I know my friends in the group accept me as I am and I am grateful for that.  If we are to grow in our creative processes, we must embrace our style and learn to love it.

Journaling with limited materials

 

the table is ready for us

the table is ready for us

Today we had a surprise…

Usually our journaling days are organized like this: we choose a subject by pulling one or two of the cards we made for this purpose. Then we start working on the subject using any of the materials we have. But this time it was different.

There on the table we found a very limited amount of materials that Jan prepared for us. She also asked us to choose a new place. The day promised to be very unusual!

So each place had a tube of paint and a tool to apply it (a brush, a sponge, a palette knife, a credit card and a roller) and no Gesso! No Gesso?! (Because we use old books for journaling we usually cover the pages with Gesso first)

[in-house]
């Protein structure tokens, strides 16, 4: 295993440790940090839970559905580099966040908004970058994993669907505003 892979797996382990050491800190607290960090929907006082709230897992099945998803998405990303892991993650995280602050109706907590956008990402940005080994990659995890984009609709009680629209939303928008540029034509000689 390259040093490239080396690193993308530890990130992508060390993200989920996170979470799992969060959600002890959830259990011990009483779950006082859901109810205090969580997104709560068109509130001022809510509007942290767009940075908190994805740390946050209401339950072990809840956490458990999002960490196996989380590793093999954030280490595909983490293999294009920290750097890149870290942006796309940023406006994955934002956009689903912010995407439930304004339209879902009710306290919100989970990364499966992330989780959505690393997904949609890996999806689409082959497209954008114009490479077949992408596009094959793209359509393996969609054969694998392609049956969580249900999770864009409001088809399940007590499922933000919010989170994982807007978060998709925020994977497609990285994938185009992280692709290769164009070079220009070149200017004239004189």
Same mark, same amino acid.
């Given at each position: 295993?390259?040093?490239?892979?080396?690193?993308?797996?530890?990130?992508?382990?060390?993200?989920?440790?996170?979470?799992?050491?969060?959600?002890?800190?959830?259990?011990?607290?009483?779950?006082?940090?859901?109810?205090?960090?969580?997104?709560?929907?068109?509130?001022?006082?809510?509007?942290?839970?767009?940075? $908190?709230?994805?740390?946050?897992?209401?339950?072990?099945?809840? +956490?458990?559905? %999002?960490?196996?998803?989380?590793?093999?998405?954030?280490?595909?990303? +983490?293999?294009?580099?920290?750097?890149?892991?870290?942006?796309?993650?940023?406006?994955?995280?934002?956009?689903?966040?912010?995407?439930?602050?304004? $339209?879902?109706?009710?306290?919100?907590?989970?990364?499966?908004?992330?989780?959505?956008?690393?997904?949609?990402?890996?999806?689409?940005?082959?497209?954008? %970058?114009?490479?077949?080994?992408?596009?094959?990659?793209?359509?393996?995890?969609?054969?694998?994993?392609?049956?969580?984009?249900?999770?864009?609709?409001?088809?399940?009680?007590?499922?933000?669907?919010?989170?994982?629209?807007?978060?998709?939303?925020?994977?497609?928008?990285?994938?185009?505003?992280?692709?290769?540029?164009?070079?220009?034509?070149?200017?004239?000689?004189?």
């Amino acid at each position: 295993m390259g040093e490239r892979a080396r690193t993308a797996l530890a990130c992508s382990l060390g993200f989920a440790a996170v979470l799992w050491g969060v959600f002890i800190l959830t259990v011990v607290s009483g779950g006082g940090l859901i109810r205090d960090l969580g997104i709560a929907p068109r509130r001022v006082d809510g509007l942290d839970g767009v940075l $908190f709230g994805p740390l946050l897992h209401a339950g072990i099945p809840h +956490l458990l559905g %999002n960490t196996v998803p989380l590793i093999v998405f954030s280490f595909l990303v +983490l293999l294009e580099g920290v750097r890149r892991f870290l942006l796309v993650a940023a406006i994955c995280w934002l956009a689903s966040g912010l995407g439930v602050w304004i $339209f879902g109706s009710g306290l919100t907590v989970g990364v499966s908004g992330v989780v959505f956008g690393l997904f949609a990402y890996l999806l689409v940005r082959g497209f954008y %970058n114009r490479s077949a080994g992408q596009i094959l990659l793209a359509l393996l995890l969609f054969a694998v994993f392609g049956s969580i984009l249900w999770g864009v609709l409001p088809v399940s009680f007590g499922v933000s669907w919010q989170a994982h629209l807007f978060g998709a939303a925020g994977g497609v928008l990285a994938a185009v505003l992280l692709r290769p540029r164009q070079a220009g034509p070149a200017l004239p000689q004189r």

Step 1. Background.

First each of us worked with one color and one tool and then we exchanged them. When all the paints and tools available were used we all had beautiful backgrounds to work on.
For me this limited choice was very good.

And usually after creating a nice background I get stuck because I don’t want to touch it anymore, I like it the way it is and don’t dare to add anything else. So since I was introduced to art journaling I have made several pages that are just backgrounds.